One of the most interesting challenges of advances in information technology is discerning where property rights end and business models begin. Here, a New York trial court judge (despite its grand name, the New York Supreme Court is actually the lowest rung of the judicial ladder in New York State) tells taxi medallion lenders that the law doesn’t protect their commercial interests from what Joseph Schumpeter famously called the perennial gale of creative destruction. (Note: Link includes the full opinion.) >>>
LINK: Judge rules on taxi industry lawsuit: Compete with Uber or die (by Erik Engquist in Crain’s New York)
Photo: Buck Ennis
Judge tells taxis to compete with Uber.
A state judge has slammed the door on a legal challenge by opponents of Uber, clearing the way for the rideshare giant to run traditional taxis off the road.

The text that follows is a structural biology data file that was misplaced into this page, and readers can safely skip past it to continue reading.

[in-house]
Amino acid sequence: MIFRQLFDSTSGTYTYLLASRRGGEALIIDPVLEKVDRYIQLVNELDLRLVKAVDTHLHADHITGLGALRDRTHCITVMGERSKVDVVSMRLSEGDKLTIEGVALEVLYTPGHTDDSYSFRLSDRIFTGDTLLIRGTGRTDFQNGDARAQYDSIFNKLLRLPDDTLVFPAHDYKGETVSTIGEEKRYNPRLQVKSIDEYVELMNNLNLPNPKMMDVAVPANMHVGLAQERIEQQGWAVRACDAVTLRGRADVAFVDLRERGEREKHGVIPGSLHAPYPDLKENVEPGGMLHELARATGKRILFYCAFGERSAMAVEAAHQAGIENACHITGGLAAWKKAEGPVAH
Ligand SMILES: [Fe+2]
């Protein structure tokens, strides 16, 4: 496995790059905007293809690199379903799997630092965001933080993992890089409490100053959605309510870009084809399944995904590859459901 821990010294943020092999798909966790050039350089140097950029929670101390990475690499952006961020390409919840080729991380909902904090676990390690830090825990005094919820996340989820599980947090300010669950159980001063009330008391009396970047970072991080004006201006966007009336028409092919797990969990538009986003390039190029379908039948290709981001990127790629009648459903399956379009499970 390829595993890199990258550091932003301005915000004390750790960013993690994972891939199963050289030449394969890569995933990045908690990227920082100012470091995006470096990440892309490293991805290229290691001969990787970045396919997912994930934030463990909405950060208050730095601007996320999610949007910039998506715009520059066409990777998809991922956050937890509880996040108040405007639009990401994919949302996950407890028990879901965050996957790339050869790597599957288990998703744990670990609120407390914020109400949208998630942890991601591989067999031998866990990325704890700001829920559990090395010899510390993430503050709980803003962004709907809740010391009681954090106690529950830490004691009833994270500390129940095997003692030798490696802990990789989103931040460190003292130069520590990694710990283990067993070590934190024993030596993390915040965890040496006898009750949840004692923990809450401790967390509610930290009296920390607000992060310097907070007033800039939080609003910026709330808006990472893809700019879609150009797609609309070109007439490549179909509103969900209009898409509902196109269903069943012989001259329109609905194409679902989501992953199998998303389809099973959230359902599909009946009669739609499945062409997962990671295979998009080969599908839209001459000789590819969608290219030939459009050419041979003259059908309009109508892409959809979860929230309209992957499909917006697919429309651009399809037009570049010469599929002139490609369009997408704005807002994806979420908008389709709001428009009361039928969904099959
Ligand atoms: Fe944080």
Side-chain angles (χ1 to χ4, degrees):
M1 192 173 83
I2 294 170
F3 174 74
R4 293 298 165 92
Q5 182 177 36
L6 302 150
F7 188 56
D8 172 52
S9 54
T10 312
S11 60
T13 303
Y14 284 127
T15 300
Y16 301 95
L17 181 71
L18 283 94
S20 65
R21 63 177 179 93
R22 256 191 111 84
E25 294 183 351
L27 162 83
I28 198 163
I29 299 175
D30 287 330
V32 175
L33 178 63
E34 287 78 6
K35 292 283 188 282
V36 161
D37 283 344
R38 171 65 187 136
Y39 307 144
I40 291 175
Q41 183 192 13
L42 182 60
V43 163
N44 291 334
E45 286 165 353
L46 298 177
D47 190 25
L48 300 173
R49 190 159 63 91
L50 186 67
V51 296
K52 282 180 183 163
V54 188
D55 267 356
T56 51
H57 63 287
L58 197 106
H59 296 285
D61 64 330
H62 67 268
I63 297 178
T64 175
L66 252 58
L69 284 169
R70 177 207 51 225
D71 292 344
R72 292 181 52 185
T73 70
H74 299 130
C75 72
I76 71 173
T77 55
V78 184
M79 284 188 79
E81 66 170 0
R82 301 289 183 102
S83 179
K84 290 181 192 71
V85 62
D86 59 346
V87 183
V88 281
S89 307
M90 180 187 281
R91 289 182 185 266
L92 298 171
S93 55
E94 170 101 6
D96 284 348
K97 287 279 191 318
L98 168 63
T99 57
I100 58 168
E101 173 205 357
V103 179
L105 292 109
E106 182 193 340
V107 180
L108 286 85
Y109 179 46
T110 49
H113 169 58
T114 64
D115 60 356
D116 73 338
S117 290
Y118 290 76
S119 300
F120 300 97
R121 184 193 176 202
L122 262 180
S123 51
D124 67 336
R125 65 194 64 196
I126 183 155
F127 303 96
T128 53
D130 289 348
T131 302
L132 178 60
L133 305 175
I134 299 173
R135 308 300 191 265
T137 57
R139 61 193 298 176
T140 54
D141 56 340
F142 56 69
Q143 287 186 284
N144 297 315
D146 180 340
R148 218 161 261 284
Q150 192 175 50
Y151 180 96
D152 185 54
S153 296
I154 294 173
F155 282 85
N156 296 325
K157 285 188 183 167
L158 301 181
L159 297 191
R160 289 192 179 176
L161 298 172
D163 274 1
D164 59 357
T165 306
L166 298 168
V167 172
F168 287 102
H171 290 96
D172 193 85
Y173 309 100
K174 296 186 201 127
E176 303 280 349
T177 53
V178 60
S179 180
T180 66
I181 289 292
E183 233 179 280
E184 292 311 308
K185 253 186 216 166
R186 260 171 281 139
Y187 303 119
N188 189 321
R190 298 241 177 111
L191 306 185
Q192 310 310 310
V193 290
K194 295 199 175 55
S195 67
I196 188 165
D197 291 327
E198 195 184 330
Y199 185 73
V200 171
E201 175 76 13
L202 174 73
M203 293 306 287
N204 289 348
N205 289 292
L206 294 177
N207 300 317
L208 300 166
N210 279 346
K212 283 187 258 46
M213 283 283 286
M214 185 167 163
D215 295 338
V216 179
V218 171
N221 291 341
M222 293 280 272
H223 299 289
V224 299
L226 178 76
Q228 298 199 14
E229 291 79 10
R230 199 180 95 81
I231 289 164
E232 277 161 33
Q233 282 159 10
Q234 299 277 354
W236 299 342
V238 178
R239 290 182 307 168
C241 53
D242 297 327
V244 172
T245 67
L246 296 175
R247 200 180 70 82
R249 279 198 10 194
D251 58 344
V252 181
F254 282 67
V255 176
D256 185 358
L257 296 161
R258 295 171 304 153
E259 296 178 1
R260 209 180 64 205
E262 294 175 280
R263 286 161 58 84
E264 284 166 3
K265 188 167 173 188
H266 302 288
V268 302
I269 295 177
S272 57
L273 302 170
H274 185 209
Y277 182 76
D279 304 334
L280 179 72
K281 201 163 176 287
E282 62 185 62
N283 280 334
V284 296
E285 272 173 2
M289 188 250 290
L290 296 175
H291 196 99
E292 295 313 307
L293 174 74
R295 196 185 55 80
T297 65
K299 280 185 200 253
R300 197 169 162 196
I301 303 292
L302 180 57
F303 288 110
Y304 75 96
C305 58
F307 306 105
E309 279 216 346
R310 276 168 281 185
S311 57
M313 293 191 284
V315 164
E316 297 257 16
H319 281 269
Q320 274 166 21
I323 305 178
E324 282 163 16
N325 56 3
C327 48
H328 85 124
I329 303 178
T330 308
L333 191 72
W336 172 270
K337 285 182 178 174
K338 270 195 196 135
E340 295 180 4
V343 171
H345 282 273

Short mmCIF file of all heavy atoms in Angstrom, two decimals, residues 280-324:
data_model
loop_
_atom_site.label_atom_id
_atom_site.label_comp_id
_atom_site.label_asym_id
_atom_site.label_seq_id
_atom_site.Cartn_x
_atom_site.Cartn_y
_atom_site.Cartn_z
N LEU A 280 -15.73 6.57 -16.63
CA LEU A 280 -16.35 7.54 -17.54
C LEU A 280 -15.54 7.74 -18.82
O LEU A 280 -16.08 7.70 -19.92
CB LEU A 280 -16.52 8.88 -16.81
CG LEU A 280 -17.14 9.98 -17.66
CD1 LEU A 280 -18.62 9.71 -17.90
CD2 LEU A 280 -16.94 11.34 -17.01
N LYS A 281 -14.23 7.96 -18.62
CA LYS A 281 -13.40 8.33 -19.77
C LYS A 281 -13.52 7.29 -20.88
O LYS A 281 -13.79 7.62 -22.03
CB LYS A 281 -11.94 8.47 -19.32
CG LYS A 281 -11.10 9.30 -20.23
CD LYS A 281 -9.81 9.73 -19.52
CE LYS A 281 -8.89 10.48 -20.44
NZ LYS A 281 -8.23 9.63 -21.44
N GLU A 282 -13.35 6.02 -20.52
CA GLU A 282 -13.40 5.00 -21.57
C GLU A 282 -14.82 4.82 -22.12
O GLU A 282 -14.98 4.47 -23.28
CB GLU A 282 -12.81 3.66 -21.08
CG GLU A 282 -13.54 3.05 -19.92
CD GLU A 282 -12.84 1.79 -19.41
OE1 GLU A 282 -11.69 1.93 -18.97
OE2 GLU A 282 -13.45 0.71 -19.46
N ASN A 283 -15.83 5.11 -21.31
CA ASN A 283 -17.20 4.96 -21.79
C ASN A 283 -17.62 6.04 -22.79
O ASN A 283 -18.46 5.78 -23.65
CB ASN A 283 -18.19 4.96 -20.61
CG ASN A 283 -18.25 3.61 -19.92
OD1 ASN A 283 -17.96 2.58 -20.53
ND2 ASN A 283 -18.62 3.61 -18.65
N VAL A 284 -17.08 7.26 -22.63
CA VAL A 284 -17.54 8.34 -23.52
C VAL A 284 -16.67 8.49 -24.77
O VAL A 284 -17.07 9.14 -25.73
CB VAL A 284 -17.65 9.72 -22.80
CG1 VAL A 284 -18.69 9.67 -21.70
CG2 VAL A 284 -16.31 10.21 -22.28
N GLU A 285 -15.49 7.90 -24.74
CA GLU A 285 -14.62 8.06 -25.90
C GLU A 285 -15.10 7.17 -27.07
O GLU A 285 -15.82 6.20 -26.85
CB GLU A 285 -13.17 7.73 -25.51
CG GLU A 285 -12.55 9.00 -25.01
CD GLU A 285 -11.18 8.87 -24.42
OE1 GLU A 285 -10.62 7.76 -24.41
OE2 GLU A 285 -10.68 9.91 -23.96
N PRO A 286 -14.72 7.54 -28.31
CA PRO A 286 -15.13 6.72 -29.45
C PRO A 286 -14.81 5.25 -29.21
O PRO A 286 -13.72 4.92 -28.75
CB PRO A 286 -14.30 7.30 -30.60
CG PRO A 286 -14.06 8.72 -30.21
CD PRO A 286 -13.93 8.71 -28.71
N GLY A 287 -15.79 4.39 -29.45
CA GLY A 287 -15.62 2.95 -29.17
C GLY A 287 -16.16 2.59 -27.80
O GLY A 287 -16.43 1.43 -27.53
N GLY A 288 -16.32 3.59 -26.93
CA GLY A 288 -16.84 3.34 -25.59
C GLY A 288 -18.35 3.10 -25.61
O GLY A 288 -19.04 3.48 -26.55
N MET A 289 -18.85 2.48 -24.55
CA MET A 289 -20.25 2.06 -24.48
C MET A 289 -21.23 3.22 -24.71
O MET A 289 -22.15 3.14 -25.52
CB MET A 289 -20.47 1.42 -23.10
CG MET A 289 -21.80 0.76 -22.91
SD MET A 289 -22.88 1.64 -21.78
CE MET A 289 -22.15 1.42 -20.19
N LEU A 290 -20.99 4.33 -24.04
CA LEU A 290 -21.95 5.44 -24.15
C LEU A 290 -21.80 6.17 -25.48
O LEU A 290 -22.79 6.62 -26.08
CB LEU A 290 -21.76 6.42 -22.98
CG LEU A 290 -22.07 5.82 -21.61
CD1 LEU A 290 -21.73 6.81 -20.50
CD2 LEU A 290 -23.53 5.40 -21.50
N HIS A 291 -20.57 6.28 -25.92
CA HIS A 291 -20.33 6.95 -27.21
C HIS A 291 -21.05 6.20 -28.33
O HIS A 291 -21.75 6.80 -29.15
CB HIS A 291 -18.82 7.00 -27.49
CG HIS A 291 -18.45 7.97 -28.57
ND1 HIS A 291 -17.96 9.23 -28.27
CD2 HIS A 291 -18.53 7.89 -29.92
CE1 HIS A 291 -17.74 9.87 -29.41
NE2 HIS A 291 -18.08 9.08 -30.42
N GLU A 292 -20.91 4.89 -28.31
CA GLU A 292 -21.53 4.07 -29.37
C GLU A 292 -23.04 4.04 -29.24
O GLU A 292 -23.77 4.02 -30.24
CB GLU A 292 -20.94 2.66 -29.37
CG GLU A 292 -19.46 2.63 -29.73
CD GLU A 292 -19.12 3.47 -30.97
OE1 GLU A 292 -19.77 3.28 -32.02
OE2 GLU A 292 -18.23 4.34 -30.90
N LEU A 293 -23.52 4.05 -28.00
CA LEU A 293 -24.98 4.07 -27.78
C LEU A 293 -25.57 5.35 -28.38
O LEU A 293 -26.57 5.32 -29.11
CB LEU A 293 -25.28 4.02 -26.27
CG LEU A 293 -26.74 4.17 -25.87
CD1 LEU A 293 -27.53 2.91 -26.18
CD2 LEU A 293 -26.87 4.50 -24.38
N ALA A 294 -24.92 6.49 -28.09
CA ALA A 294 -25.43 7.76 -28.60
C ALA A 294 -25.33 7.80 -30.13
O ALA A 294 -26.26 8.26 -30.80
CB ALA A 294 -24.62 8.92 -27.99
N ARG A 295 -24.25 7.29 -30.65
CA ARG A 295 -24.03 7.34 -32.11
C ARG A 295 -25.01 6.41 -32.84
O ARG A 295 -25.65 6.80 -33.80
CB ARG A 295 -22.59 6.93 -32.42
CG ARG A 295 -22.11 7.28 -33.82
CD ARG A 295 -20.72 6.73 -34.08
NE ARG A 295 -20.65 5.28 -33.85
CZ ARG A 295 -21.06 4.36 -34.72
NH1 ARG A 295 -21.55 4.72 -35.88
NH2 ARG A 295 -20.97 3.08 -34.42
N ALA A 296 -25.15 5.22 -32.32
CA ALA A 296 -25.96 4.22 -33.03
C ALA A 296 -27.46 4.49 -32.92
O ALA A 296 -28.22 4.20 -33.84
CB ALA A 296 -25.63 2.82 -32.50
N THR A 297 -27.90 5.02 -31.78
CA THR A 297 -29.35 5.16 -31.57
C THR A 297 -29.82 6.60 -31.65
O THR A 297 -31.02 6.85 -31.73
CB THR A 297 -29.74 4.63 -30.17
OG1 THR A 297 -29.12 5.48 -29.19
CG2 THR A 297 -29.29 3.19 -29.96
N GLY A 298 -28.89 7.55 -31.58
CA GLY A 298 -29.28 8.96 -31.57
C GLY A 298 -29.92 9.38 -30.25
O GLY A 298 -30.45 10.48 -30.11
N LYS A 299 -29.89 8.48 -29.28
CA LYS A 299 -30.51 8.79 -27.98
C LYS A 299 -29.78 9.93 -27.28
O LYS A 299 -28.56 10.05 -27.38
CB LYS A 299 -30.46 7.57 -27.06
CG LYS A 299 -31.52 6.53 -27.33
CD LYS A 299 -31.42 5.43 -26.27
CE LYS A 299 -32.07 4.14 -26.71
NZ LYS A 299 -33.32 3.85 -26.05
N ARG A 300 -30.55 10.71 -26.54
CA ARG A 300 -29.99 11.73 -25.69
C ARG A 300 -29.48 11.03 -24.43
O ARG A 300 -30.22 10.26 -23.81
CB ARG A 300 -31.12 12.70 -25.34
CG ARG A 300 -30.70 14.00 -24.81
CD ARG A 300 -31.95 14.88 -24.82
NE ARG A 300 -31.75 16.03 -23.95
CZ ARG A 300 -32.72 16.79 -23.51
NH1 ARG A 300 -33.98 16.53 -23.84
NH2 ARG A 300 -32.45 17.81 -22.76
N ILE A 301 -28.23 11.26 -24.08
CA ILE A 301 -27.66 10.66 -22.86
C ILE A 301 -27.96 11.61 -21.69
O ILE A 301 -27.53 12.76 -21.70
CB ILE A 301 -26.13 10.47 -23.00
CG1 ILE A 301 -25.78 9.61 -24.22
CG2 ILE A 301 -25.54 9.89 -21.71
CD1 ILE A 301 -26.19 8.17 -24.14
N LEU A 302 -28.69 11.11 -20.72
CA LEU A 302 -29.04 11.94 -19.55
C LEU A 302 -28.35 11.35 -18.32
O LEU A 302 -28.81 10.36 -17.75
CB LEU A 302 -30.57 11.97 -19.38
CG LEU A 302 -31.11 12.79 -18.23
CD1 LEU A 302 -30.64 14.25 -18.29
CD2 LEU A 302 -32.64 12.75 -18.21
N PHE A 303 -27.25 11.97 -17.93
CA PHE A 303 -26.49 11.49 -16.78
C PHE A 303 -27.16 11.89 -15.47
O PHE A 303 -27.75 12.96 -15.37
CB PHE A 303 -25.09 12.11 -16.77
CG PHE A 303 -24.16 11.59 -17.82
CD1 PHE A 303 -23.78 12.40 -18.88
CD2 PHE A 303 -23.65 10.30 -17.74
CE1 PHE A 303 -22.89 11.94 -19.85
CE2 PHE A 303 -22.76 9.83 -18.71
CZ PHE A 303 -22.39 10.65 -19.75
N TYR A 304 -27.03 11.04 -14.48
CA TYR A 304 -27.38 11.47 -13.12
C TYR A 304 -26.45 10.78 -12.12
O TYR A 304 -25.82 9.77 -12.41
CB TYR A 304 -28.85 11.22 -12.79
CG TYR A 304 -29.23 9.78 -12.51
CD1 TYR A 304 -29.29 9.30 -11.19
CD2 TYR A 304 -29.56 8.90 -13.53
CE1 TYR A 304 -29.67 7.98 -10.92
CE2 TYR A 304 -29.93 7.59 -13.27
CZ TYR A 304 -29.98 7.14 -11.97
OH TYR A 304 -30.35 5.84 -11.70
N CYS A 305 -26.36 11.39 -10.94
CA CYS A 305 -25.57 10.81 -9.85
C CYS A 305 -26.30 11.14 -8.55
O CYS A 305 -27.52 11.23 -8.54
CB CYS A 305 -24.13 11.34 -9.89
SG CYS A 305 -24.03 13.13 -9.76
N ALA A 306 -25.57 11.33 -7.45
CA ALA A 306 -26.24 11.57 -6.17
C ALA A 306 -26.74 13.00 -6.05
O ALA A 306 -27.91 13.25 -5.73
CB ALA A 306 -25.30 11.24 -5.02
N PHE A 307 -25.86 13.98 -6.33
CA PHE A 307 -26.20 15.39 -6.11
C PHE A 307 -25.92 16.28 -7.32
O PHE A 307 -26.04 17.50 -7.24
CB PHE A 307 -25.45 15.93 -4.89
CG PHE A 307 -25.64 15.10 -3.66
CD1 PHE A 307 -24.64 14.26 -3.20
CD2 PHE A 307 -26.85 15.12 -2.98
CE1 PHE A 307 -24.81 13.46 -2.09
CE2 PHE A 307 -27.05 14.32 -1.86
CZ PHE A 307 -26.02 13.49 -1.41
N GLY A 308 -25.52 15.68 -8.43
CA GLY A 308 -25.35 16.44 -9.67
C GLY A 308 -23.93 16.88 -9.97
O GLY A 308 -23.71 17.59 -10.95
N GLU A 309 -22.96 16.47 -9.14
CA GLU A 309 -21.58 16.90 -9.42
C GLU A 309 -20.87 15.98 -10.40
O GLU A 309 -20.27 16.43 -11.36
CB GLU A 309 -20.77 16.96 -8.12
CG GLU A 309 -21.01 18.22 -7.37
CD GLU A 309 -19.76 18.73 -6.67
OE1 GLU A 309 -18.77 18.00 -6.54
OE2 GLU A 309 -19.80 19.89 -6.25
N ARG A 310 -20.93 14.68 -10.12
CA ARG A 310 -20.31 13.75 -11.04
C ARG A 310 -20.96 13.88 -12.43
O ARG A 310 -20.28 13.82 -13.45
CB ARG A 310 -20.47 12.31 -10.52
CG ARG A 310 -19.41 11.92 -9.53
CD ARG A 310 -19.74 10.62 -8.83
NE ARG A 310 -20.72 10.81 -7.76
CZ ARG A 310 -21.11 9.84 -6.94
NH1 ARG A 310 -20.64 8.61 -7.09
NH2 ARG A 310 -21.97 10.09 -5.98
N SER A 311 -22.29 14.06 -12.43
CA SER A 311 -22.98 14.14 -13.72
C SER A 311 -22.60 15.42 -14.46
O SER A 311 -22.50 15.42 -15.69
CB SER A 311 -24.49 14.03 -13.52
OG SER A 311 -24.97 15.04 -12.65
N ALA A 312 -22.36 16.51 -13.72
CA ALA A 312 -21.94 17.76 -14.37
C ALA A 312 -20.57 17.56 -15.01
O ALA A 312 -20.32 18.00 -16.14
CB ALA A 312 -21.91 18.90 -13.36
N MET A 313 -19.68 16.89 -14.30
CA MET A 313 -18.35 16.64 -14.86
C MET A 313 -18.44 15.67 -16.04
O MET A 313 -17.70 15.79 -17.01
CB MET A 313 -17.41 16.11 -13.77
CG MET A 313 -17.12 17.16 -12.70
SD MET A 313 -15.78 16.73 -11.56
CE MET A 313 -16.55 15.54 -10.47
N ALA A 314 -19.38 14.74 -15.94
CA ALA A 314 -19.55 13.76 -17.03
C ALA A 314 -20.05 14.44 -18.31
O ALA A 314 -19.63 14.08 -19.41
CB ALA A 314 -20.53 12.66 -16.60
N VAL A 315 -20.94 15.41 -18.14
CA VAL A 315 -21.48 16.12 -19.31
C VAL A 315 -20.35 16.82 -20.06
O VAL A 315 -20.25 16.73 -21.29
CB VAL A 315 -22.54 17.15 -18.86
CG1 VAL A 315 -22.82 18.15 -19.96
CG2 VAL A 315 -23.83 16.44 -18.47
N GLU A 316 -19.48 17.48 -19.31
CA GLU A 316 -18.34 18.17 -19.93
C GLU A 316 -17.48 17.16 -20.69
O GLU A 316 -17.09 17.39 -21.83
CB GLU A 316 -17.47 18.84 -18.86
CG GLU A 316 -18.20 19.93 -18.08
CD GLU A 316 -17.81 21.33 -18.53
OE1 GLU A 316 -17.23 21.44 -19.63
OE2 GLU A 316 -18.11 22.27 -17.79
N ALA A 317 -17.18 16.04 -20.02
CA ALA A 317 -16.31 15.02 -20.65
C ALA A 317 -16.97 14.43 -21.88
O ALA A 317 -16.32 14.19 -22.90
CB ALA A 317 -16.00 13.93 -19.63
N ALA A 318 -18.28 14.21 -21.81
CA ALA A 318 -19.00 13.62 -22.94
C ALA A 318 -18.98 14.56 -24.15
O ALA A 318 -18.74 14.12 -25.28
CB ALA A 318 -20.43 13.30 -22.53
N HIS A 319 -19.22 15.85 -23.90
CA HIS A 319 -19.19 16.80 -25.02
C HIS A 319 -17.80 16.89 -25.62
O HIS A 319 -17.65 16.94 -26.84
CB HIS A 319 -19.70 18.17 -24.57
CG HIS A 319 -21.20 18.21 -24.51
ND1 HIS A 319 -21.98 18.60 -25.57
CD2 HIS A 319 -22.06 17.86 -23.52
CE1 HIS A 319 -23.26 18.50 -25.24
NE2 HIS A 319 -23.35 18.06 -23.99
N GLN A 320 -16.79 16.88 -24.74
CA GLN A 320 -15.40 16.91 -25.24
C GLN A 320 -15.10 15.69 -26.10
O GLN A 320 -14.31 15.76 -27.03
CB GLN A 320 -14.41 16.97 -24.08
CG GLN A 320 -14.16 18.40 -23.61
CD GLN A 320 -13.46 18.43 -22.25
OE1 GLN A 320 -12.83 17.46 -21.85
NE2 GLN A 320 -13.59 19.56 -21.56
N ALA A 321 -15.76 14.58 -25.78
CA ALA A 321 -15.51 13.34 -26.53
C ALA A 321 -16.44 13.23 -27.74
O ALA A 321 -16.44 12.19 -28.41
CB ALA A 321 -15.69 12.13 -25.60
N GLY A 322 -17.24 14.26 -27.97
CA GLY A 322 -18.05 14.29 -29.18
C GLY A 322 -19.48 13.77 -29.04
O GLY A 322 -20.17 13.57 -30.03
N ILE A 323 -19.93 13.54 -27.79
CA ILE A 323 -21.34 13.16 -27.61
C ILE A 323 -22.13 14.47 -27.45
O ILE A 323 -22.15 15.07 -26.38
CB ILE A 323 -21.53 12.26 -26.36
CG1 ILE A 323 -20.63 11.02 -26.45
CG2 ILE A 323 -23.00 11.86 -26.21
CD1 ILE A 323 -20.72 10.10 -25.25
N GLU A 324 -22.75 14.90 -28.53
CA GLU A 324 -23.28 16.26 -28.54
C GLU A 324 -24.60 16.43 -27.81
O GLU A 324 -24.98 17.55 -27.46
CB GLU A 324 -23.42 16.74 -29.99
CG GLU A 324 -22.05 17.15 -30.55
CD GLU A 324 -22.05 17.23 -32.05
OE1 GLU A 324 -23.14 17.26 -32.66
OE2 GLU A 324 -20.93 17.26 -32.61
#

In a decision unveiled Wednesday, Queens Supreme Court Justice Allan Weiss ruled that for-hire vehicles could use electronic hails to compete with yellow cabs—something they have been doing well enough to threaten the existence of the iconic 80-year-old industry.
“Any expectation that the medallion would function as a shield against the rapid technological advances of the modern world would not have been reasonable,” [Judge Weiss] wrote. “In this day and age, even with public utilities, investors must always be wary of new forms of competition arising from technological developments.” . . . “It is not the court’s function to adjust the competing political and economic interests disturbed by the introduction of Uber-type apps[.]”
What do you think?